The summary reports offer a very flexible and graphical statistical view of your training log data. The summary reports offer three configurable fields aggregated either weekly, monthly or yearly. The screen consists of a table of 6 records of the time period and the three field values at the top of the screen. The bottom part of the screen shows a graph consisting of a histogram (bar chart) of the first report field and a line graph of the 2nd report field. This flexible arrangement allows you to quickly show which training strategies are leading to fitness or performance improvements. It is recommended that you use a logged parameter such as distance or duration as your 1st field and a performance indicator such as VO2max or average pace as the 2nd parameter. If you wish to monitor fitness using your resting heart rate then you can enter this against a run at least once in each reporting period in the peak heart rate field. Using the next and previous page buttons increments or decrements the display by 6 records. The configurable fields are selected from the Tools->Report Fields menu option and can be :-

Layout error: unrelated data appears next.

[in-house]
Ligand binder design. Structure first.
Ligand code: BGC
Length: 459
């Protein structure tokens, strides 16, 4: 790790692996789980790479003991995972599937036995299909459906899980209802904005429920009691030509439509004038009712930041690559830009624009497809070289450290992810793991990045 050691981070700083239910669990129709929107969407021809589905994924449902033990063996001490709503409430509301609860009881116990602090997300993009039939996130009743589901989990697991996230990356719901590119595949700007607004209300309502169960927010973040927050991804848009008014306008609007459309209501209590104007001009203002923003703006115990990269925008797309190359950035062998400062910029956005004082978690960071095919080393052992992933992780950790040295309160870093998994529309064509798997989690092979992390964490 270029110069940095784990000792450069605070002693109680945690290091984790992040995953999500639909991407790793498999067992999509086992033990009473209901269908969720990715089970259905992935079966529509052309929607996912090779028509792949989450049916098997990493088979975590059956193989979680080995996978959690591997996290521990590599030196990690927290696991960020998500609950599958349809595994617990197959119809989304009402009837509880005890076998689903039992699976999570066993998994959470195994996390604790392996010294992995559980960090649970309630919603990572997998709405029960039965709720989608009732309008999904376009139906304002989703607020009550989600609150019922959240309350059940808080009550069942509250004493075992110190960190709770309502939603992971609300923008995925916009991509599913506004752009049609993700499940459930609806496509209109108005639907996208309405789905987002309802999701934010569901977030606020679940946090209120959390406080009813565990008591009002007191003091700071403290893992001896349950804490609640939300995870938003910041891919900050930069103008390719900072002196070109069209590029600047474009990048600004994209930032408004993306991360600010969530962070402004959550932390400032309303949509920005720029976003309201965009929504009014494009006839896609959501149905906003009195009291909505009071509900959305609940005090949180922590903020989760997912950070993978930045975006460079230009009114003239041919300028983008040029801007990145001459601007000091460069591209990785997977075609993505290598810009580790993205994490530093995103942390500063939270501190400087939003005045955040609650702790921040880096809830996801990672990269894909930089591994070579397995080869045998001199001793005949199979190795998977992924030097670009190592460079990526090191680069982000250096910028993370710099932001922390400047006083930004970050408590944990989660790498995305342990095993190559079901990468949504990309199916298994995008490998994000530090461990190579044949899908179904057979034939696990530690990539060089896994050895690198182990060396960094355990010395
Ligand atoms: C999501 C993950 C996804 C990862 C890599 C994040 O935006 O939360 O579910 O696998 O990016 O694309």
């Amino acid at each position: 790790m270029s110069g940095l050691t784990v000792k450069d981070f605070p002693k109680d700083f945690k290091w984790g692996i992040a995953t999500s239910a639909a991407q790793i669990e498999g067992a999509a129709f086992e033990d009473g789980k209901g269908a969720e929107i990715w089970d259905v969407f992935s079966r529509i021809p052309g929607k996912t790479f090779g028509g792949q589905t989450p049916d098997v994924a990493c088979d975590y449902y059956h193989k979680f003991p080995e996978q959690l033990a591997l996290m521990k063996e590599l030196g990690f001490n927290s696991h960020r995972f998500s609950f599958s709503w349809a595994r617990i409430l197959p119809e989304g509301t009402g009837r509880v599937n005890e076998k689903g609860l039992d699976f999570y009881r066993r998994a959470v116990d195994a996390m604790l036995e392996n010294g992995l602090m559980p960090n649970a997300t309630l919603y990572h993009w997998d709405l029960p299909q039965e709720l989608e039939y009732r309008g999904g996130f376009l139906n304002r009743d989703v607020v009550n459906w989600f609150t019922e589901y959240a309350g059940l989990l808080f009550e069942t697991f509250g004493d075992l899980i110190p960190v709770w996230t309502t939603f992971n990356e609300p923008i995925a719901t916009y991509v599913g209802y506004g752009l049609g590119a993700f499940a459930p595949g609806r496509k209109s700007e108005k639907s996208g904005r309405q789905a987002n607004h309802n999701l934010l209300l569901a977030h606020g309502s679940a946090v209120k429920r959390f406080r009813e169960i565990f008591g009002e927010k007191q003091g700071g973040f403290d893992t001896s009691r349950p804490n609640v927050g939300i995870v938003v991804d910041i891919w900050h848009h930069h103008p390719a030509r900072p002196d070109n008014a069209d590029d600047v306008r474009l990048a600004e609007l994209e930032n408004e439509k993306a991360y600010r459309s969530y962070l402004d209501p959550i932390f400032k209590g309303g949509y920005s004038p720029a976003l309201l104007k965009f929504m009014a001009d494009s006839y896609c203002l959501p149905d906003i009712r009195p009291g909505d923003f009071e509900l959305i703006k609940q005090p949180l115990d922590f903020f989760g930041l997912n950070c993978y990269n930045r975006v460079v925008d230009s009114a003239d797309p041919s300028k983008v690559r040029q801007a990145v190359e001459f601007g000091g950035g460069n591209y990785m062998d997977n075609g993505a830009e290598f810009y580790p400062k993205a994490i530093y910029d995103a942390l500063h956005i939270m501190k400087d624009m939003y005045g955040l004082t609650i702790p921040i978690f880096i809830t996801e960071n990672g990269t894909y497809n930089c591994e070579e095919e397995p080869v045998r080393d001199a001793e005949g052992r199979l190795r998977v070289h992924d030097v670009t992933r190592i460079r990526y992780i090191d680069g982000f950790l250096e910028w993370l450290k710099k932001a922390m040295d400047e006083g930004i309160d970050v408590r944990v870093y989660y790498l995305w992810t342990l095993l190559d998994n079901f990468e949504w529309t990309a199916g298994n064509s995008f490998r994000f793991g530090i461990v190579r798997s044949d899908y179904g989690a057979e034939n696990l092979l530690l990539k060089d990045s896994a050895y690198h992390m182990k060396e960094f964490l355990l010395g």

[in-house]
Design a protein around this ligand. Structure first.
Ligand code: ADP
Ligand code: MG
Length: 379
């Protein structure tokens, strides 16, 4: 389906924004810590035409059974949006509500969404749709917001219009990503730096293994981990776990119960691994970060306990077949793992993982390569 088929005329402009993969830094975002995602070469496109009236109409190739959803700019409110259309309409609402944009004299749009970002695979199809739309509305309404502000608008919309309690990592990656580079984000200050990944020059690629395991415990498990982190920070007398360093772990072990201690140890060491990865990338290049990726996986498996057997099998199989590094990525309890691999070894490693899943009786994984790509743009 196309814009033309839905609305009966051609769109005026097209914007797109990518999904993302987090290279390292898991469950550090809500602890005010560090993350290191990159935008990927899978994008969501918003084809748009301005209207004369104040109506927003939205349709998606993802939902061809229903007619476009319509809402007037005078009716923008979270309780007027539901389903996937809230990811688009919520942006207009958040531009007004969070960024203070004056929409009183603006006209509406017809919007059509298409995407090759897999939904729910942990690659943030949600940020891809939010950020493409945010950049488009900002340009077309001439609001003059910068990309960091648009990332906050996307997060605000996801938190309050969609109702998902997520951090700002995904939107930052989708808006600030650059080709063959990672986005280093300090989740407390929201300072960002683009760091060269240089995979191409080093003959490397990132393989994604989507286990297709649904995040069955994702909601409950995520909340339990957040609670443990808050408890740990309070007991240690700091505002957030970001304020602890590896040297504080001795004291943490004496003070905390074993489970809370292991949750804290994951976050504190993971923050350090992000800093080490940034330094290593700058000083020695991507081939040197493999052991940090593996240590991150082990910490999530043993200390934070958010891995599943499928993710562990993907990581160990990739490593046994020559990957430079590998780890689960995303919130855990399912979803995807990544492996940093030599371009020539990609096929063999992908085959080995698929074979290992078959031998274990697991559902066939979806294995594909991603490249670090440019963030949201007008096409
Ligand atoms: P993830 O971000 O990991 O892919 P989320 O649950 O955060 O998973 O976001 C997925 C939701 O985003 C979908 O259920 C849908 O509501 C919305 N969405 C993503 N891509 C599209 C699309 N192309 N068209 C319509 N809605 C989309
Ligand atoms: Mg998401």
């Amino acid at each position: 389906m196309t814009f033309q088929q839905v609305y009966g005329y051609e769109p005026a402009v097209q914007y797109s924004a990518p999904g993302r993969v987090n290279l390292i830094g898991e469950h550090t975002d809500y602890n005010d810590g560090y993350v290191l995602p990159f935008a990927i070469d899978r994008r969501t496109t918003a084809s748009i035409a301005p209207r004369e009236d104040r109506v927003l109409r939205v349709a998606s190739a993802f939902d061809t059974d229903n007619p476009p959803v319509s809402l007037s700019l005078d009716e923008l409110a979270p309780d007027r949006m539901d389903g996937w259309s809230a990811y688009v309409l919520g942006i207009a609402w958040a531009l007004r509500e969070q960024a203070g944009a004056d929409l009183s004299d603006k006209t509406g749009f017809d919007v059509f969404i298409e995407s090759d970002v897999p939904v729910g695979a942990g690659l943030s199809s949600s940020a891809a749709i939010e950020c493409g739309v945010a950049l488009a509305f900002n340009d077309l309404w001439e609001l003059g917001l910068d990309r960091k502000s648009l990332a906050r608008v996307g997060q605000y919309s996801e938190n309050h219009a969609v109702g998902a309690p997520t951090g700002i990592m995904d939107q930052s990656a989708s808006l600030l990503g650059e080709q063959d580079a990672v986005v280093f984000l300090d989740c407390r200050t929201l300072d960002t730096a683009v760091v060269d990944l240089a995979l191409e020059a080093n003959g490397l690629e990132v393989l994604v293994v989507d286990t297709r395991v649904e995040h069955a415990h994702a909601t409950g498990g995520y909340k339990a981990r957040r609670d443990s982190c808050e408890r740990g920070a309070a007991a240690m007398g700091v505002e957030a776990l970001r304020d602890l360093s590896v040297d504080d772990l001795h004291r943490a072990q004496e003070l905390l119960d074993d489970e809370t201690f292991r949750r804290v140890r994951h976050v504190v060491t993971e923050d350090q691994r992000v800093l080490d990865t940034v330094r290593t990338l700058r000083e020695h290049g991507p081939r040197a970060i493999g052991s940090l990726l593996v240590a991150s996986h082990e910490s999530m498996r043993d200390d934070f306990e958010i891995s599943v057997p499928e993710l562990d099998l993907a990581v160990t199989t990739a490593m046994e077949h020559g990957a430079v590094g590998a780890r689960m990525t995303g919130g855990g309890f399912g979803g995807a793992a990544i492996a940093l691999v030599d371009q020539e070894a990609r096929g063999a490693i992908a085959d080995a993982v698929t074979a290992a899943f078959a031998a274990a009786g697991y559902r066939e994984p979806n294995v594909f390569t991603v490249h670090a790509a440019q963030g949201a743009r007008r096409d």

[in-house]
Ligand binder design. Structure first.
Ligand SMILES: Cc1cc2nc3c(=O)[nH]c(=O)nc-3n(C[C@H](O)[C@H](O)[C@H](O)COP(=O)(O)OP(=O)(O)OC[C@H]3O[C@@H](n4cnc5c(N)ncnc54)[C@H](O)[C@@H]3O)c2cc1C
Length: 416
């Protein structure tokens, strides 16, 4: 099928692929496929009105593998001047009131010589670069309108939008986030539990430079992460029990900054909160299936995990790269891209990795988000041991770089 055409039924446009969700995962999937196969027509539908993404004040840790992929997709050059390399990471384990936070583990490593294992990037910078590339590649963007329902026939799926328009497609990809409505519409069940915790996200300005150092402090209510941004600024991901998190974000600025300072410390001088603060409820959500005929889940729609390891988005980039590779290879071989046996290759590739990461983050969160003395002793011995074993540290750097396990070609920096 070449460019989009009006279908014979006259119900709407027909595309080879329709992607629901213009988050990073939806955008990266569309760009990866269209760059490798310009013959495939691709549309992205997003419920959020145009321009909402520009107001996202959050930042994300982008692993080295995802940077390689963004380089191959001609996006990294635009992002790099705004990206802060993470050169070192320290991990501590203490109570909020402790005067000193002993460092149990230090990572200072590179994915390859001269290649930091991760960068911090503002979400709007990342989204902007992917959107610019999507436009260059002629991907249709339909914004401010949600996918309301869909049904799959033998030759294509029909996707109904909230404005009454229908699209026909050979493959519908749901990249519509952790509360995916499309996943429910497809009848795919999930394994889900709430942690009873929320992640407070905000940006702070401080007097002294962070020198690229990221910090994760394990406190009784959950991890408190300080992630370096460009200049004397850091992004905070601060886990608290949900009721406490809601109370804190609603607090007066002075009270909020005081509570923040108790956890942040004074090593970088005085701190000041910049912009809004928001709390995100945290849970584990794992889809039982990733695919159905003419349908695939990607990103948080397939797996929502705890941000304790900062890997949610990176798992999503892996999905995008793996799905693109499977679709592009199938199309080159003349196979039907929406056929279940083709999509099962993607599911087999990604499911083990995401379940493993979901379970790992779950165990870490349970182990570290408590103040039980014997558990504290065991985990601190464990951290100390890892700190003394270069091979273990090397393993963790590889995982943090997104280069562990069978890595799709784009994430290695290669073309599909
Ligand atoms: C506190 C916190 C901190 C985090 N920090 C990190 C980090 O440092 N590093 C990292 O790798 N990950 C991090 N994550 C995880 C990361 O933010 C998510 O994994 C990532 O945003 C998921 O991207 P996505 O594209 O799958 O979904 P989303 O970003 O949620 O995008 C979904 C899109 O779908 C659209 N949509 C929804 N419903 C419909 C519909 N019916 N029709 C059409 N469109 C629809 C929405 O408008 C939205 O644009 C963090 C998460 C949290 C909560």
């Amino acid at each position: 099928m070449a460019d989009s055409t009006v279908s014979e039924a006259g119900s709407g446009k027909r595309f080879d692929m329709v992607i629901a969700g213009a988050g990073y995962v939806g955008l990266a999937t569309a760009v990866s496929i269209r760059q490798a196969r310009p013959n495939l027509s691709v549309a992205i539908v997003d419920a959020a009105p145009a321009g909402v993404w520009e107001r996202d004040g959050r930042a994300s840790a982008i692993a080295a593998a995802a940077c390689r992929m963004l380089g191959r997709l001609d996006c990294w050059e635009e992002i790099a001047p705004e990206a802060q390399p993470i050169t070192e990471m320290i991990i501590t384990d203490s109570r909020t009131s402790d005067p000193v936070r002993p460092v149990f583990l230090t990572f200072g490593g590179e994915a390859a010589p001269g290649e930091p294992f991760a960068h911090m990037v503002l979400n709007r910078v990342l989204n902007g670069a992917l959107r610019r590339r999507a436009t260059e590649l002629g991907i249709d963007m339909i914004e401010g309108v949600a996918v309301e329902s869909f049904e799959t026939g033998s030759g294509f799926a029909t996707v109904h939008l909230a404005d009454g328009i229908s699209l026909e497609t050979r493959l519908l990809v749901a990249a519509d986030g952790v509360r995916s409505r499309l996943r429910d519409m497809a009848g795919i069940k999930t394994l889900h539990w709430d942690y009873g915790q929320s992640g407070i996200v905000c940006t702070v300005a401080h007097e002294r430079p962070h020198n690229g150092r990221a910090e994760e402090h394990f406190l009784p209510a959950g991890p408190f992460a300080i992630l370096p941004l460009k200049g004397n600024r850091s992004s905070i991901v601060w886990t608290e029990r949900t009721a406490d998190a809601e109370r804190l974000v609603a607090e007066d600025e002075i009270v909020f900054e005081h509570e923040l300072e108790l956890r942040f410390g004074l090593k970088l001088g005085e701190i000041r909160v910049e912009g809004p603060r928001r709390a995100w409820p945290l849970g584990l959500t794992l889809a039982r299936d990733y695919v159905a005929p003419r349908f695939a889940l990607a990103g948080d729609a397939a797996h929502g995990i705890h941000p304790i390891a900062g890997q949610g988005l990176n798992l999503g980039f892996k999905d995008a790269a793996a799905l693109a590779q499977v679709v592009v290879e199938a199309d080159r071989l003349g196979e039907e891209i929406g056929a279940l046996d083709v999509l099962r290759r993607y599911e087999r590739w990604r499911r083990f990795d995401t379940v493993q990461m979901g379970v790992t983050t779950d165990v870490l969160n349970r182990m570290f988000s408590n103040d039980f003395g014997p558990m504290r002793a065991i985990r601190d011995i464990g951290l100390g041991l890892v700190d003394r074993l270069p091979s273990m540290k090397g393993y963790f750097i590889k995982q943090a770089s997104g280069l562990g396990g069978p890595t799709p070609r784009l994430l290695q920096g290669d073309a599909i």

The reported fields can be selected from :-
Distance - the total distance run in the time period in the preferred units configured in the settings,
Duration - the total number of minutes spent running in the time period,
Time in Training Zone - the total number of minutes spent in the heart rate training zone,
Average Pace - the average (equivalent flat) pace for all your runs in the period,
Best Pace - the best pace achieved during the time period,
Average Heart Rate - average heart rate for all runs in the period (where recorded),
Peak Heart Rate - highest recorded heart rate in the period,
Number of Runs - the number of runs recorded in the period,
Calories - energy in kcal expended running during the period,
Calories in Training Zone - energy in kcal expended in the heart rate training zone.